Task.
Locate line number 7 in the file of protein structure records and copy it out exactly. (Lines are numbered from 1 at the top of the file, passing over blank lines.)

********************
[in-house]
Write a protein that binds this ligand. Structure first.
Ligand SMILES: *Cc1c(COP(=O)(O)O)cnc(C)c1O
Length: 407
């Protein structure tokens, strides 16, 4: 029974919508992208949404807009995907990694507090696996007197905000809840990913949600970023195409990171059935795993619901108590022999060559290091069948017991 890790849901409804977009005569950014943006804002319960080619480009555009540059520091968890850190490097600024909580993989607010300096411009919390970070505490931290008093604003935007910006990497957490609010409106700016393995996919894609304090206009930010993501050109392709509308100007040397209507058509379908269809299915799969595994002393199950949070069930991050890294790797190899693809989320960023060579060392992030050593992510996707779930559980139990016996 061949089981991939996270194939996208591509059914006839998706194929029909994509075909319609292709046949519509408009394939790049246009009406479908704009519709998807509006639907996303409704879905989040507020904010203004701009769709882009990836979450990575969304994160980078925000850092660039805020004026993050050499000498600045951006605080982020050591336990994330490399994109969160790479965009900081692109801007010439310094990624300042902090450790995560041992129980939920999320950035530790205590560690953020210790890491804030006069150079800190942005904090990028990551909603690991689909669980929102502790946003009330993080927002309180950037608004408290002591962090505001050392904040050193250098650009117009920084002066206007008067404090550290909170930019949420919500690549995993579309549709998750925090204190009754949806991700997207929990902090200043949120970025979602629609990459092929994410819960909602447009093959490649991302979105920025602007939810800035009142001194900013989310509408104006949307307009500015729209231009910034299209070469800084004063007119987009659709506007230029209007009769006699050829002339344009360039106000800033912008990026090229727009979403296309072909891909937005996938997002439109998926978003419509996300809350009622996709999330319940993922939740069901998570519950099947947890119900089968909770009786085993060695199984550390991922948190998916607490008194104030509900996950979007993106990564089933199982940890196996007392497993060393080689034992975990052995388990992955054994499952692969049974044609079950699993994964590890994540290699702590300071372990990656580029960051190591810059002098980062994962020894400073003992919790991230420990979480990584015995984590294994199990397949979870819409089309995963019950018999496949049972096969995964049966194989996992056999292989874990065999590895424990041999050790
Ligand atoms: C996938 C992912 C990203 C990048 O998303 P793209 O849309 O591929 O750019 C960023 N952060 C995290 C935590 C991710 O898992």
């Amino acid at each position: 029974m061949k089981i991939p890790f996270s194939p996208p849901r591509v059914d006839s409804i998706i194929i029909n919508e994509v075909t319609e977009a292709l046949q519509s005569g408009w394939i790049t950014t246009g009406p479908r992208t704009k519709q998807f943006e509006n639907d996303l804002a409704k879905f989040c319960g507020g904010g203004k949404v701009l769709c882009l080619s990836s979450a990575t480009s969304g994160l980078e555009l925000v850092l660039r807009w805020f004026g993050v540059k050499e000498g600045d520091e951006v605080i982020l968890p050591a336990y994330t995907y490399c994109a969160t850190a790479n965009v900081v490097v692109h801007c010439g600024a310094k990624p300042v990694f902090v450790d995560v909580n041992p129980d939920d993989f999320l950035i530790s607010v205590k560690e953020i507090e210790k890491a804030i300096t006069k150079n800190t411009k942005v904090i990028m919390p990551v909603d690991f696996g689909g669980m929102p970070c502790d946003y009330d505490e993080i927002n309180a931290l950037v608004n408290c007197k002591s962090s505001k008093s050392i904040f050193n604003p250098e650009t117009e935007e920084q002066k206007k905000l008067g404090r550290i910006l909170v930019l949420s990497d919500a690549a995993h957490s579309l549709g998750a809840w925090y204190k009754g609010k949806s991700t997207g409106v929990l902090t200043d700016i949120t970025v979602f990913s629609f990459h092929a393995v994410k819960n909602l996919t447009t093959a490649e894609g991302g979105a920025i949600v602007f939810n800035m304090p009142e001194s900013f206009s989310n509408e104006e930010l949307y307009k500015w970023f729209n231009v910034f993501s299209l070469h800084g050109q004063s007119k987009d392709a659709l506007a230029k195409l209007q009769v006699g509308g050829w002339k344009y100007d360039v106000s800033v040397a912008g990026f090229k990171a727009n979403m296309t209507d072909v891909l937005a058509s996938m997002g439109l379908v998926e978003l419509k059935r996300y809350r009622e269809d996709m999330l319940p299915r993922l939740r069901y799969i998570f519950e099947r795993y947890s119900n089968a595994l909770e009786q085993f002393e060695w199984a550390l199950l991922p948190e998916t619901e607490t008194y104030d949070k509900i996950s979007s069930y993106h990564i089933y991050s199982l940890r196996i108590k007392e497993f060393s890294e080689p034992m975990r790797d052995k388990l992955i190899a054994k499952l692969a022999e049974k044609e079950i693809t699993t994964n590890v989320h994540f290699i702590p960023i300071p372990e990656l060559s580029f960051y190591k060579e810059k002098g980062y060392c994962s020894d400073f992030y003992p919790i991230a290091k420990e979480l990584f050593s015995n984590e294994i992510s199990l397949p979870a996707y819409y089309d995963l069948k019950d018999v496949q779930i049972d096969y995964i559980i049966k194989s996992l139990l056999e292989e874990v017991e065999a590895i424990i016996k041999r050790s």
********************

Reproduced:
């Amino acid at each position: 029974m061949k089981i991939p890790f996270s194939p996208p849901r591509v059914d006839s409804i998706i194929i029909n919508e994509v075909t319609e977009a292709l046949q519509s005569g408009w394939i790049t950014t246009g009406p479908r992208t704009k519709q998807f943006e509006n639907d996303l804002a409704k879905f989040c319960g507020g904010g203004k949404v701009l769709c882009l080619s990836s979450a990575t480009s969304g994160l980078e555009l925000v850092l660039r807009w805020f004026g993050v540059k050499e000498g600045d520091e951006v605080i982020l968890p050591a336990y994330t995907y490399c994109a969160t850190a790479n965009v900081v490097v692109h801007c010439g600024a310094k990624p300042v990694f902090v450790d995560v909580n041992p129980d939920d993989f999320l950035i530790s607010v205590k560690e953020i507090e210790k890491a804030i300096t006069k150079n800190t411009k942005v904090i990028m919390p990551v909603d690991f696996g689909g669980m929102p970070c502790d946003y009330d505490e993080i927002n309180a931290l950037v608004n408290c007197k002591s962090s505001k008093s050392i904040f050193n604003p250098e650009t117009e935007e920084q002066k206007k905000l008067g404090r550290i910006l909170v930019l949420s990497d919500a690549a995993h957490s579309l549709g998750a809840w925090y204190k009754g609010k949806s991700t997207g409106v929990l902090t200043d700016i949120t970025v979602f990913s629609f990459h092929a393995v994410k819960n909602l996919t447009t093959a490649e894609g991302g979105a920025i949600v602007f939810n800035m304090p009142e001194s900013f206009s989310n509408e104006e930010l949307y307009k500015w970023f729209n231009v910034f993501s299209l070469h800084g050109q004063s007119k987009d392709a659709l506007a230029k195409l209007q009769v006699g509308g050829w002339k344009y100007d360039v106000s800033v040397a912008g990026f090229k990171a727009n979403m296309t209507d072909v891909l937005a058509s996938m997002g439109l379908v998926e978003l419509k059935r996300y809350r009622e269809d996709m999330l319940p299915r993922l939740r069901y799969i998570f519950e099947r795993y947890s119900n089968a595994l909770e009786q085993f002393e060695w199984a550390l199950l991922p948190e998916t619901e607490t008194y104030d949070k509900i996950s979007s069930y993106h990564i089933y991050s199982l940890r196996i108590k007392e497993f060393s890294e080689p034992m975990r790797d052995k388990l992955i190899a054994k499952l692969a022999e049974k044609e079950i693809t699993t994964n590890v989320h994540f290699i702590p960023i300071p372990e990656l060559s580029f960051y190591k060579e810059k002098g980062y060392c994962s020894d400073f992030y003992p919790i991230a290091k420990e979480l990584f050593s015995n984590e294994i992510s199990l397949p979870a996707y819409y089309d995963l069948k019950d018999v496949q779930i049972d096969y995964i559980i049966k194989s996992l139990l056999e292989e874990v017991e065999a590895i424990i016996k041999r050790s």